We can glean a lot about this type of relationship from fighter-pilot training. Professionals have flown with so-called fly-by-wire, a catchall term for any computer-controlled flight assistance, since the Carter administration. Like Autopilot, fly-by-wire is an assistive technology meant to augment, but not absorb, the pilot’s responsibility to manage the craft. Pilots undergo years of training before taking control of the cockpit, gaining an intimate awareness of what the computer is seeing and how it’s processing the information. They also learn to maintain situation awareness and be ready to react, despite the presence of technology—as opposed to taking a laissez-faire, let-the-plane-do-the-work attitude.
A casual driver cannot possibly go through the deep training that a pilot does. But automakers must find effective workarounds. For starters, they need something beyond the pages of software-release notes that display on-screen when a driver installs an Autopilot software update. They should develop short training programs—not unlike the Saturday courses some states require for a boater’s license—to help people understand how automation works, when it is and isn’t designed to work, and why human drivers need to be ready to step in. “A problem with automated technologies like Autopilot is that when an error occurs, people tend to be out of the loop, and slow to both detect the problem as well as understand how to correct it,” says Mica Endsley, former chief scientist of the U.S. Air Force and an expert in fly-by-wire and man-machine interaction.
Training smarter drivers is part of the solution. But self-driving software needs to reinforce that training. Engineers who design this software and these cars need to understand human behavior and cognition to become better able to communicate with the public. Thankfully, this human-to-machine interaction has become a growing research field for automakers and academics. At Stanford, interaction-design specialists are learning how to make an autonomous car’s camera, radar and sensor perceptions, and reasoning more transparent to humans. Automakers, they say, should employ colloquial vocal cues (“braking due to obstacle ahead”) and physical changes to controls (such as shifting the angle of the steering wheel when the driver needs to take over) to make drivers aware of changes on the road—say, trucks about to cut them off—or prevent them from daydreaming themselves into a ditch.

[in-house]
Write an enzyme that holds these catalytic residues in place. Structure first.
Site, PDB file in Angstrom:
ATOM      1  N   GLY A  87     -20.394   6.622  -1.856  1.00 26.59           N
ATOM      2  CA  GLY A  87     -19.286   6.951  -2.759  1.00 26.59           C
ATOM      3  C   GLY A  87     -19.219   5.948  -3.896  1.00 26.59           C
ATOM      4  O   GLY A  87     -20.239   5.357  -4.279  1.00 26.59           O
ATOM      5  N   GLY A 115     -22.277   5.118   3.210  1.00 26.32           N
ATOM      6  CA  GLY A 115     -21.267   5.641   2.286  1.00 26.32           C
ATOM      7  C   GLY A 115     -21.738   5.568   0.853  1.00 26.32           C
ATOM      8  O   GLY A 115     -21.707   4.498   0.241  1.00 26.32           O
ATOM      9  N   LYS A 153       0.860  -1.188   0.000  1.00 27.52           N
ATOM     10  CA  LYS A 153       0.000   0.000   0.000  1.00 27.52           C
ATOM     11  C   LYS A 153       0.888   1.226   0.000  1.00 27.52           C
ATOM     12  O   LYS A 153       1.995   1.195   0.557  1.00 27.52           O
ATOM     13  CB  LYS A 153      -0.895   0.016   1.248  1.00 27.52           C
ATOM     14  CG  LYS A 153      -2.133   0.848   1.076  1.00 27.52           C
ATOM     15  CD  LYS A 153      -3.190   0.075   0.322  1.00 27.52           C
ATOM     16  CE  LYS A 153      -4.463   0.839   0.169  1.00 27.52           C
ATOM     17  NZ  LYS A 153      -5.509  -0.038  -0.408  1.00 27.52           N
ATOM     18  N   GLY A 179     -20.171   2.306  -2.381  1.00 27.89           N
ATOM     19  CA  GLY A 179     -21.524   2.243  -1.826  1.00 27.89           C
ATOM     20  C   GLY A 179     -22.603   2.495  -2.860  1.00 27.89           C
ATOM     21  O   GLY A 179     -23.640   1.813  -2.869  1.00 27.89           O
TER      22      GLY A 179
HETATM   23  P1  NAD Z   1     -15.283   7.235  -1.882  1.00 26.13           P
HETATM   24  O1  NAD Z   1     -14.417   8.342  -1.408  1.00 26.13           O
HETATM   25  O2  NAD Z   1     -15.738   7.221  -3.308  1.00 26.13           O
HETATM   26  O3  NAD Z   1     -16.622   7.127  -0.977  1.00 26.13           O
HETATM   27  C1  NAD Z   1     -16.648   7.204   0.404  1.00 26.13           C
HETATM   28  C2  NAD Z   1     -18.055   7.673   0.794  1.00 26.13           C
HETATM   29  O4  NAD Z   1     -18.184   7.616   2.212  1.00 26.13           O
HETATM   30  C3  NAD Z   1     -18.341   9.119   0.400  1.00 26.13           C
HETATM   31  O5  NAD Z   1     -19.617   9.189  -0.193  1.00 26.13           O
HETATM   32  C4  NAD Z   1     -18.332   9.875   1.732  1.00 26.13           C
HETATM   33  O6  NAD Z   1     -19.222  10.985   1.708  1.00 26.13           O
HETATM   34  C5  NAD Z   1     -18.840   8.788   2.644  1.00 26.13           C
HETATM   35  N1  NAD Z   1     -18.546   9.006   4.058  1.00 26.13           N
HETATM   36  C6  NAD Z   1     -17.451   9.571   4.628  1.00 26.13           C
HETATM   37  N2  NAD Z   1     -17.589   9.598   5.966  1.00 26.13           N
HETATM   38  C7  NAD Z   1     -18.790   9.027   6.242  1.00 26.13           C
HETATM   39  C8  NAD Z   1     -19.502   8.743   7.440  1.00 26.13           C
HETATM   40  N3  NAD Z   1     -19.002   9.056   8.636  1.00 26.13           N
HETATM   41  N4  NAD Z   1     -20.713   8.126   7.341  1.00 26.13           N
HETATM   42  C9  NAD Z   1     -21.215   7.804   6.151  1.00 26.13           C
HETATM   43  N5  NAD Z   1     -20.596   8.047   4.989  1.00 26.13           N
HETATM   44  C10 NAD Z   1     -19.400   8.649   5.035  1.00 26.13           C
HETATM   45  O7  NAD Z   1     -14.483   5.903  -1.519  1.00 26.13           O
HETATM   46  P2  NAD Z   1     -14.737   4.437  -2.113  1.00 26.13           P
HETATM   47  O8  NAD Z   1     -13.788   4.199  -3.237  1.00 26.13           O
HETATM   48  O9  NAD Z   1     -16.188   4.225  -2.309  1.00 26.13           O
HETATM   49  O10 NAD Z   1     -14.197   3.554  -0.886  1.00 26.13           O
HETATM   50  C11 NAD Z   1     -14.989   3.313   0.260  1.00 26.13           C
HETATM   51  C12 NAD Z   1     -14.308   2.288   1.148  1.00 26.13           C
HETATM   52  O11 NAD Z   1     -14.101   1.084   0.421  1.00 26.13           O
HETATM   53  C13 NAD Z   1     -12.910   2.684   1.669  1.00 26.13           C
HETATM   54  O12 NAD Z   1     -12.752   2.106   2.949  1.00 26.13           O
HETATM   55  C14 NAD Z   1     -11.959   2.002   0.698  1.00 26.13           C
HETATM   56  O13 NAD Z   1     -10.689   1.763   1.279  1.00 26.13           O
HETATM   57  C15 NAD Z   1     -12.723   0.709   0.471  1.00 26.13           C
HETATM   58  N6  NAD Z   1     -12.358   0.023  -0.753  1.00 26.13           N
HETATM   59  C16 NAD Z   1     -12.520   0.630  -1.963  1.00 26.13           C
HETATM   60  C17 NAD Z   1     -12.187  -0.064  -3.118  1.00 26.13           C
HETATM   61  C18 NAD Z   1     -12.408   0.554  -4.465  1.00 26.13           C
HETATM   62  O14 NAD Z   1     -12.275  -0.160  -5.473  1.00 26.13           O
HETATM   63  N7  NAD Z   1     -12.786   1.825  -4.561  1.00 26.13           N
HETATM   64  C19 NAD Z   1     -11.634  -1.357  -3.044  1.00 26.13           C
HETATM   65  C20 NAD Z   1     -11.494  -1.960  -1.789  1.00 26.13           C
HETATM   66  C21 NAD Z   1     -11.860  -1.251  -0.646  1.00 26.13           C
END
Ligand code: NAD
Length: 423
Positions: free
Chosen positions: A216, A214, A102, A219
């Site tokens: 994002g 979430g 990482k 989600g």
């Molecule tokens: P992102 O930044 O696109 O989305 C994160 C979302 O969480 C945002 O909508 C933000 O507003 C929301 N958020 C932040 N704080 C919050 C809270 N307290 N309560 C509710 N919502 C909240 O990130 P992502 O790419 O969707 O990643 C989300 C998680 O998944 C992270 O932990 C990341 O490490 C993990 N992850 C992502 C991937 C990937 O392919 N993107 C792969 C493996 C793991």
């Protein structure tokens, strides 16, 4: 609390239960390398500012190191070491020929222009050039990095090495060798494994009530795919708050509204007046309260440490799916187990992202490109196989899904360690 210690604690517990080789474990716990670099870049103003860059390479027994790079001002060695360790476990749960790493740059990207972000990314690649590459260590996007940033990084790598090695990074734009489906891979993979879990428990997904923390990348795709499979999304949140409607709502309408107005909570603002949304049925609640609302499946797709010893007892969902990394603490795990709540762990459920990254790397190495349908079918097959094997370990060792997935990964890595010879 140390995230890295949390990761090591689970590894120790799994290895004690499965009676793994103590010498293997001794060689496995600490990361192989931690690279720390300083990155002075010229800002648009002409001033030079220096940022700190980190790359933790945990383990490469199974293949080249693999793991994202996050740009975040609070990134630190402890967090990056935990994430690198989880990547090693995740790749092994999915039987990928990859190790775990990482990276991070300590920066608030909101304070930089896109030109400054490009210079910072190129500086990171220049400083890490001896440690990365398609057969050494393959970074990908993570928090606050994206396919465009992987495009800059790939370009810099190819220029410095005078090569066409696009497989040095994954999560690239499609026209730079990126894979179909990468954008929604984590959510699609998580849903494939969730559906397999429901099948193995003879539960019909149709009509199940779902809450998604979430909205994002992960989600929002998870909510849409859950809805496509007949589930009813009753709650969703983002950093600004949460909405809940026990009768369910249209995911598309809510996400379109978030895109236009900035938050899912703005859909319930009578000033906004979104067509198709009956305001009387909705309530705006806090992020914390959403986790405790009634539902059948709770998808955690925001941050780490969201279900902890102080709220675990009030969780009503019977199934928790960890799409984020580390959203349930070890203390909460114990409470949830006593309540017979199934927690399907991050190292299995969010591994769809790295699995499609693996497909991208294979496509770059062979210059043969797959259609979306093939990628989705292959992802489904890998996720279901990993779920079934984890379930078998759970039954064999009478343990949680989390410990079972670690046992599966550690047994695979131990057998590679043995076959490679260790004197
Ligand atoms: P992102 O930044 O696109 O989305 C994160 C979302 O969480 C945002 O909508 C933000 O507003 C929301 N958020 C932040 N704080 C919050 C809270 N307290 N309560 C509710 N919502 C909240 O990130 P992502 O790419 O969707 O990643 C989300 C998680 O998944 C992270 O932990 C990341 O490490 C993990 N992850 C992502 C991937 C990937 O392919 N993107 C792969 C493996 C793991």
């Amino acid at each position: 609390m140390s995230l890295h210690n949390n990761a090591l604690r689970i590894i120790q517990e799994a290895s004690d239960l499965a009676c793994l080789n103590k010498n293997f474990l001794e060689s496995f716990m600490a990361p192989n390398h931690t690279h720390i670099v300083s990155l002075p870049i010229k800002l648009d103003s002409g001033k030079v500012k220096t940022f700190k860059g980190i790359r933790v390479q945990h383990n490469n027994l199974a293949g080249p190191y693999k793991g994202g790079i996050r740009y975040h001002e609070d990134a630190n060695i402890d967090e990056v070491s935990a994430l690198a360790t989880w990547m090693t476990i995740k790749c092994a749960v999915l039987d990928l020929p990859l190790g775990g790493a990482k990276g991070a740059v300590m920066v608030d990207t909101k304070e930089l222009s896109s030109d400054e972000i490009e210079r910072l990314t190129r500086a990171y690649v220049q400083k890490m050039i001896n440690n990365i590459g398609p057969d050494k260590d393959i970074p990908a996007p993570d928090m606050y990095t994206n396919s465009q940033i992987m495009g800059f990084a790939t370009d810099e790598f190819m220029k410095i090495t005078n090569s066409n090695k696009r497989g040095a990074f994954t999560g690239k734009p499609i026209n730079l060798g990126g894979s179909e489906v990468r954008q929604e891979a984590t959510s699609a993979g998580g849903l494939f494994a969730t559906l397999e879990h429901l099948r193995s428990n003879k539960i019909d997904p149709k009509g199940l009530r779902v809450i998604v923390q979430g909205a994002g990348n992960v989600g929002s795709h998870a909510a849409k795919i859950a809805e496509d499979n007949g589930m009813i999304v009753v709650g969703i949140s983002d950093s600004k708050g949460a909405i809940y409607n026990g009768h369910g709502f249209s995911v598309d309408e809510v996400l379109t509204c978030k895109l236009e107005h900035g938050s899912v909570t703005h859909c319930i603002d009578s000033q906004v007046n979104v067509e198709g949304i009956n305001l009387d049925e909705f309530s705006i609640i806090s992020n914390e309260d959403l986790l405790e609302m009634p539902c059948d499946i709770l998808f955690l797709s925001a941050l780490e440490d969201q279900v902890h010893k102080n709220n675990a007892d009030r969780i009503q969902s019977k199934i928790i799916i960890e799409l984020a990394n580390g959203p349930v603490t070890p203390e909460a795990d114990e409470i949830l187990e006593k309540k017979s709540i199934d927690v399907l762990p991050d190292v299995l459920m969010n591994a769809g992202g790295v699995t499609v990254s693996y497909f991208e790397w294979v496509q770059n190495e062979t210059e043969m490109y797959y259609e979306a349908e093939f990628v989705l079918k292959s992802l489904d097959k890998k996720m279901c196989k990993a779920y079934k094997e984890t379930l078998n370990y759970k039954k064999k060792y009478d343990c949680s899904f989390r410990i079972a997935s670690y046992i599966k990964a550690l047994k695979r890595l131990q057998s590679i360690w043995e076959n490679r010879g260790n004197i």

Such handoff signals are still fairly subtle but should become less so. On the Model S, an audio tone and color change in the Autopilot dashboard icon are all the cues drivers get when they need to take control. Cadillac’s SuperCruise and Volvo’s Pilot Assist subtly vibrate the seat or steering wheel to draw attention to achieve the same goal. But automakers need to be more aggressive in helping us; a recent study from Stanford suggests that a multisensory approach—in which, say, a shimmying steering wheel is combined with a vocal prompt and a flashing light—might be a better way to speed reaction times.
When it comes to new technology, no one wants to go slowly. Not in an age of instant apps and maps and finger-swipe transactions. But drivers should proceed with caution (and attention!) into the world of autonomous autos. Technology that might lull people into relaxing their focus while barreling down the highway requires both better training for the humans and smarter alert systems for the machines.
This past May’s fatal autopilot accident may have been a worst-case scenario, but it underscores the importance of humans and machines figuring out how to share the driver’s seat.
This article was originally published in the November/December 2016 issue of Popular Science, under the title “Don’t Blame the Robots; Blame Us.”